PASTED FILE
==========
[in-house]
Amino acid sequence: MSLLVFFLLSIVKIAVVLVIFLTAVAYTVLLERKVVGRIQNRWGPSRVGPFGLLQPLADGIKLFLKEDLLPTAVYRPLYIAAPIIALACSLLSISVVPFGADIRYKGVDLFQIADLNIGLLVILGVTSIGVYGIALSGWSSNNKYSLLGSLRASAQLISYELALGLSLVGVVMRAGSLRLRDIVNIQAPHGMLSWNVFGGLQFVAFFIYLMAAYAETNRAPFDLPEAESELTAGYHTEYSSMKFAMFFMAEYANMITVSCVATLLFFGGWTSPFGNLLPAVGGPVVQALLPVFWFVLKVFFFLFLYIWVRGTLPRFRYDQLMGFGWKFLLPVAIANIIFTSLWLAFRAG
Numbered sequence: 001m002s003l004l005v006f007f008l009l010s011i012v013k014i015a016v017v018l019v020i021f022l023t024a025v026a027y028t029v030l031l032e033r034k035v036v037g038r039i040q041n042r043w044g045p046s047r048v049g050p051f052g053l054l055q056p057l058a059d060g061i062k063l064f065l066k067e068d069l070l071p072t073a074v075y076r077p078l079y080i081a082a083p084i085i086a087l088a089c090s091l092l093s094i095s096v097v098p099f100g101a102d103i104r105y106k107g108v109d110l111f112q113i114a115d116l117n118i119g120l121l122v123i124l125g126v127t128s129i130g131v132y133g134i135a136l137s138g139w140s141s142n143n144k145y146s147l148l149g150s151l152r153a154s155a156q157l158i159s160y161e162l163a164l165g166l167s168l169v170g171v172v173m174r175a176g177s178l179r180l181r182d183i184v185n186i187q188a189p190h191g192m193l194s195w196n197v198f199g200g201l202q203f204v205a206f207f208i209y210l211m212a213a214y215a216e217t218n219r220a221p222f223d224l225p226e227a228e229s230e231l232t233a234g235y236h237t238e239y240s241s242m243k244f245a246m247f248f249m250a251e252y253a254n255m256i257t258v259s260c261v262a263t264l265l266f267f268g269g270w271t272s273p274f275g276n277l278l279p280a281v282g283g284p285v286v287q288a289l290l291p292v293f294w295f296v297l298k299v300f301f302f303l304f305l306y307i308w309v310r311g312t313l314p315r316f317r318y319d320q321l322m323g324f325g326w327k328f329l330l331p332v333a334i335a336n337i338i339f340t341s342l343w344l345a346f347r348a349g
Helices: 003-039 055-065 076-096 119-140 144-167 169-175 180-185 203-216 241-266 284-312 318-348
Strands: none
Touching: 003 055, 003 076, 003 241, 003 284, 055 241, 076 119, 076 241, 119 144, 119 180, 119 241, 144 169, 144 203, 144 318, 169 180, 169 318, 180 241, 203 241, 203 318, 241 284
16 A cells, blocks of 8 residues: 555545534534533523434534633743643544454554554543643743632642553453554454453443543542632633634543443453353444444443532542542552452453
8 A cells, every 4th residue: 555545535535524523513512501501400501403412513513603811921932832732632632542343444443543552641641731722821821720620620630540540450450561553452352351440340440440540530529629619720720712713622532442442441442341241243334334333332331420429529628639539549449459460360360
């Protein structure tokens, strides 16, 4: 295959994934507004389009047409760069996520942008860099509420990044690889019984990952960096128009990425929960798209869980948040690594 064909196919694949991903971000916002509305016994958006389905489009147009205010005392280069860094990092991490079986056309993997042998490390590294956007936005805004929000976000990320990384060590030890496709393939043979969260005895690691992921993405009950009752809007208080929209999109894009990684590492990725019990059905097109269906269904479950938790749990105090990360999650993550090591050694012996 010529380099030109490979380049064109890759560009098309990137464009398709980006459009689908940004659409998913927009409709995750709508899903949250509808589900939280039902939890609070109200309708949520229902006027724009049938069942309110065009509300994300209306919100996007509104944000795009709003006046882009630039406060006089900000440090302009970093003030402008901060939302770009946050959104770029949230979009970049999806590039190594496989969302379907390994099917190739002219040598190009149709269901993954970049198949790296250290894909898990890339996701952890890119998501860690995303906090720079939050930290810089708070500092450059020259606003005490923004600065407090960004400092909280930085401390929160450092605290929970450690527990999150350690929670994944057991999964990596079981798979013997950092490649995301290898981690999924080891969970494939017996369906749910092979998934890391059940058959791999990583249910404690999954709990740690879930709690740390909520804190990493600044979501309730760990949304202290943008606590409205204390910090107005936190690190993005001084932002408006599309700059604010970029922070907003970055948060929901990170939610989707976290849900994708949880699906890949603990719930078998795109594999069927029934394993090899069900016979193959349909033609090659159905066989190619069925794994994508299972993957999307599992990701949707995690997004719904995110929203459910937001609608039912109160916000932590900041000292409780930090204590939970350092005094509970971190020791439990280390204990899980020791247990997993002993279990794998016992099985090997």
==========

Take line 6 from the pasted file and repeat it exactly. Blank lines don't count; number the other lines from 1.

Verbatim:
Touching: 003 055, 003 076, 003 241, 003 284, 055 241, 076 119, 076 241, 119 144, 119 180, 119 241, 144 169, 144 203, 144 318, 169 180, 169 318, 180 241, 203 241, 203 318, 241 284